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Thompson dedicated to UW campuses reopening in fall

By SCOTT BAUER
Associated Press

MADISON, Wis. (AP) — University of Wisconsin System interim president Tommy Thompson said Thursday that he has requested $110 million from Democratic Gov. Tony Evers to pay for COVID-19 tests, contact tracing and personal protective equipment so campuses can safely reopen this fall amid the coronavirus pandemic.

Thompson, the former Republican governor, vowed in his first meeting with the Board of Regents to reopen UW campuses in a way that’s safe for students, faculty, staff and the surrounding communities.

“We are committed to providing an in-person UW education this fall,” he said. Thompson attended the board meeting in person, wearing a mask, while many of the regents dialed in remotely.

Thompson took over as interim president this month. It’s a precarious time as campuses struggle with deep budget holes caused by the coronavirus pandemic and complicated decisions about how — or even whether — to reopen campuses.

“I know a lot of students like me from small communities … really would like to come back to campus,” Thompson told reporters before the meeting. “I keep hearing from parents, I keep hearing from students, the importance of an in-person education.”

Thompson said a safe reopening plan will include requiring everyone to wear masks indoors at every UW campus and outside when they can’t keep a safe distance.

The current UW-Madison plan is for students to return in the fall to a mix of online and in-person classes. Other campuses across the UW System have similar plans.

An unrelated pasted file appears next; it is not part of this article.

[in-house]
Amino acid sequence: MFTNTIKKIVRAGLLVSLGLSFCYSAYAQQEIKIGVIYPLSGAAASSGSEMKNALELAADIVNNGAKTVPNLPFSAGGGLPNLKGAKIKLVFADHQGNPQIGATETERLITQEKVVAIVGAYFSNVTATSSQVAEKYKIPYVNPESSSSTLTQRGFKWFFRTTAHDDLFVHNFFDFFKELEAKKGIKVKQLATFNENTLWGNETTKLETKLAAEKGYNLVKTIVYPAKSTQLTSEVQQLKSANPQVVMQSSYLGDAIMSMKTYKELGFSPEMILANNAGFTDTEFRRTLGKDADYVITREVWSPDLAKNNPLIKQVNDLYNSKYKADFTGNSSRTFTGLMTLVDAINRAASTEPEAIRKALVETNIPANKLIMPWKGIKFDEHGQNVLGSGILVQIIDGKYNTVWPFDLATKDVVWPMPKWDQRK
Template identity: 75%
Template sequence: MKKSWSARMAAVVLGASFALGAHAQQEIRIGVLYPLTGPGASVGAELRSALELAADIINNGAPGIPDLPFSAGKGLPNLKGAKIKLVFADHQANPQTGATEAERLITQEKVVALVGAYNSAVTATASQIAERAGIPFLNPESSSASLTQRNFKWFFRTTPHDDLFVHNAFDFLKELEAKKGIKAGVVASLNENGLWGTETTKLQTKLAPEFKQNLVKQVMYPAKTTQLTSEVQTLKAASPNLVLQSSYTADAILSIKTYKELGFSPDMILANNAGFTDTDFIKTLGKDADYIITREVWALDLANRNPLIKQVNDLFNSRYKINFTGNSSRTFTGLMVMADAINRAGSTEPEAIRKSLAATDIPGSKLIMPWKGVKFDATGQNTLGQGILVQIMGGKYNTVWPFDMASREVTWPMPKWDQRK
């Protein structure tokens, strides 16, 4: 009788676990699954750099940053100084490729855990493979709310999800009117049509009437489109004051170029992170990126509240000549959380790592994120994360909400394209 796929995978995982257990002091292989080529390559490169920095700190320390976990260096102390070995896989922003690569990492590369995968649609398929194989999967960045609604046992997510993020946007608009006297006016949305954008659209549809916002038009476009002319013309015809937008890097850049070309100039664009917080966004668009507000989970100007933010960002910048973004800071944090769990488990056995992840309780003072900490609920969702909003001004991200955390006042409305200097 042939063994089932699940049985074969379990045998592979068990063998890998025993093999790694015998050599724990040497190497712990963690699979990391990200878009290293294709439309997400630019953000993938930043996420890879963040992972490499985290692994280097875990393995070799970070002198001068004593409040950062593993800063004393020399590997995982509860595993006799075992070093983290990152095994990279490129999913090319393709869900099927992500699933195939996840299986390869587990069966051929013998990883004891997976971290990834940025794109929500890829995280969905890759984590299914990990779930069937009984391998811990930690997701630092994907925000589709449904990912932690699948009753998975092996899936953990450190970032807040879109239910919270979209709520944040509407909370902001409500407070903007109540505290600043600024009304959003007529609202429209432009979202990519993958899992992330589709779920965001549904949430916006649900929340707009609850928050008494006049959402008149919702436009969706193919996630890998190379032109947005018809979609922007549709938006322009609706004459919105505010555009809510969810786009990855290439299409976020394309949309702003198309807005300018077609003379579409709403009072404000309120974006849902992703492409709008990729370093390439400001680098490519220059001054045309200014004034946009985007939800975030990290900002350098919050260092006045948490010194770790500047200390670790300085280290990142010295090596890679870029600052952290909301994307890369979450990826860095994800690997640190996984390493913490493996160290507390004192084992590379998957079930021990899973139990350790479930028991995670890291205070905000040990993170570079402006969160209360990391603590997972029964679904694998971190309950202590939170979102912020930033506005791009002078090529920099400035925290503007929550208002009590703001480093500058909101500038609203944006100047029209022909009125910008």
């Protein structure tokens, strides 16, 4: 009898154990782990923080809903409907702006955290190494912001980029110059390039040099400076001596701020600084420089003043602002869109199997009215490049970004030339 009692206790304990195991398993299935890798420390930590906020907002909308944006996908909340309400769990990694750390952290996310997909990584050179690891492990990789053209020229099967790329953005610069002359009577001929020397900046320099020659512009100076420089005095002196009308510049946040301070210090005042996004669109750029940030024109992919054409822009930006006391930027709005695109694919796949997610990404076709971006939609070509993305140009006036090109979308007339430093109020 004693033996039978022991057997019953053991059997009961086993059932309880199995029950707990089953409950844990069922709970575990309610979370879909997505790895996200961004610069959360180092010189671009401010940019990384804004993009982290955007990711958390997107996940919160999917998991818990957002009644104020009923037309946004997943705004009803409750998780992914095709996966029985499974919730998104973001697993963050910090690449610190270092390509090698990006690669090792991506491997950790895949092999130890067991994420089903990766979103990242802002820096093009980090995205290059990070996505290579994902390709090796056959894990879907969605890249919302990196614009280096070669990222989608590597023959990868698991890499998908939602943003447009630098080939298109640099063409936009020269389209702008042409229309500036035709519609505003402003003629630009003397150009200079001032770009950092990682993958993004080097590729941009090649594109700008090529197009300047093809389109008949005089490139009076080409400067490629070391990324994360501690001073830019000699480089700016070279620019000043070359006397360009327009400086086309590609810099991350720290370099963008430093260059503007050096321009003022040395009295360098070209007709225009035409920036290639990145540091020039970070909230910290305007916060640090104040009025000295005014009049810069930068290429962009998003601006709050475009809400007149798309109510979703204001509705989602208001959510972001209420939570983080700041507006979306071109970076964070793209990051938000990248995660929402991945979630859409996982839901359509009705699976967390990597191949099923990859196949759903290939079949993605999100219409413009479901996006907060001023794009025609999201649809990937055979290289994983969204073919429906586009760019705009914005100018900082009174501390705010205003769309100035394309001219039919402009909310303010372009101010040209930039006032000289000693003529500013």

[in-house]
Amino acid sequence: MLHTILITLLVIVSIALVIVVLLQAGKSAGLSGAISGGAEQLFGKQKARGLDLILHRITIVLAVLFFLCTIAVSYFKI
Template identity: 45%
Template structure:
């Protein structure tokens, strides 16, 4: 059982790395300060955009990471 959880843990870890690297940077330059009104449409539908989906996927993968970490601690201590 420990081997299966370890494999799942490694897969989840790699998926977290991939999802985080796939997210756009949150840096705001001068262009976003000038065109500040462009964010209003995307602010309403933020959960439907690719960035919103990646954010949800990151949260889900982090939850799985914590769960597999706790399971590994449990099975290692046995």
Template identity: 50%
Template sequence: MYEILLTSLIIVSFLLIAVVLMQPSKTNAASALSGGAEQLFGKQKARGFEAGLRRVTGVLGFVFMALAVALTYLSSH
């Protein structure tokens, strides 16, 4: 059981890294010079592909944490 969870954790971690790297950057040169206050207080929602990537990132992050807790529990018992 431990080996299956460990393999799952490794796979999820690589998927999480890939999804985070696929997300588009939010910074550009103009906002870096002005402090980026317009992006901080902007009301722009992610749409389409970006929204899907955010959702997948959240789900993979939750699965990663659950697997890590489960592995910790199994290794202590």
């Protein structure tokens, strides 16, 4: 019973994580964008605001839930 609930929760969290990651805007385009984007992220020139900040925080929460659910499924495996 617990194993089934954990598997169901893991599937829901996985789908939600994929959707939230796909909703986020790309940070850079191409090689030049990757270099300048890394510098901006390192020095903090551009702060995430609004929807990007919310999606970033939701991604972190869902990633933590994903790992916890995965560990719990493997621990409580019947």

Thompson said he met with Evers at the governor’s mansion for more than an hour. Evers’ spokeswoman Melissa Baldauff did not immediately return a message asking about Thompson’s funding request.

Thompson said he’s also met repeatedly with the UW campus chancellor, provosts, faculty, and state Assembly Speaker Robin Vos, with whom he says he has a “great friendship.” Thompson said he wanted to forge a better relationship between the university and the Republican-controlled Legislature.

“I want to make sure that we develop much more civility between both ends of State Street,” he said, referring to the street in Madison that connects the Capitol with the campus.

He said he has also met with U.S. Sen. Lamar Alexander, R-Tennessee, about securing federal funding to back plans to safely reopen campuses in the fall.

The 78-year-old Thompson served as governor from 1987 to 2001 before leaving to be Health and Human Services secretary for four years under President George W. Bush.

Thompson was chosen to lead the UW System after the lone finalist for the job, then-University of Alaska President Jim Johnson, withdrew from consideration. Ray Cross, who retired July 1 as UW president, is remaining for 90 days as an adviser.

Cross has called for campuses to consolidate their programs to help address expected budget cuts due to the pandemic, and said university employees should brace for layoffs.

Thompson said he was reviewing that plan and would formulate his own proposal.

The university’s budget is already under the strain of a tuition freeze that has been in place since 2013 and a drop in state aid of 6% since 2007. More aid cuts are anticipated as the state budget faces a massive hit due to a loss of tax revenue caused by the pandemic.

The flagship UW-Madison campus alone expects to lose at least $100 million through the summer.

Thompson expressed confidence that the university wouldn’t be adversely affected by new rules issued by President Donald Trump’s administration this week that would force international students to transfer or leave the country if they aren’t taking at least one in-person class, a move designed to pressure campuses to open.

Some 8,800 international students account for about 5% of the System’s budget, between $30 million and $50 million, and losing them would be a “big hit,” Thompson said. UW will meet the requirements, even if an entire campus goes to online classes only, because system-wide there will be in-person classes offered, he said.

“We think we are outside of it,” Thompson said of the new rules. “Our lawyers agree.”

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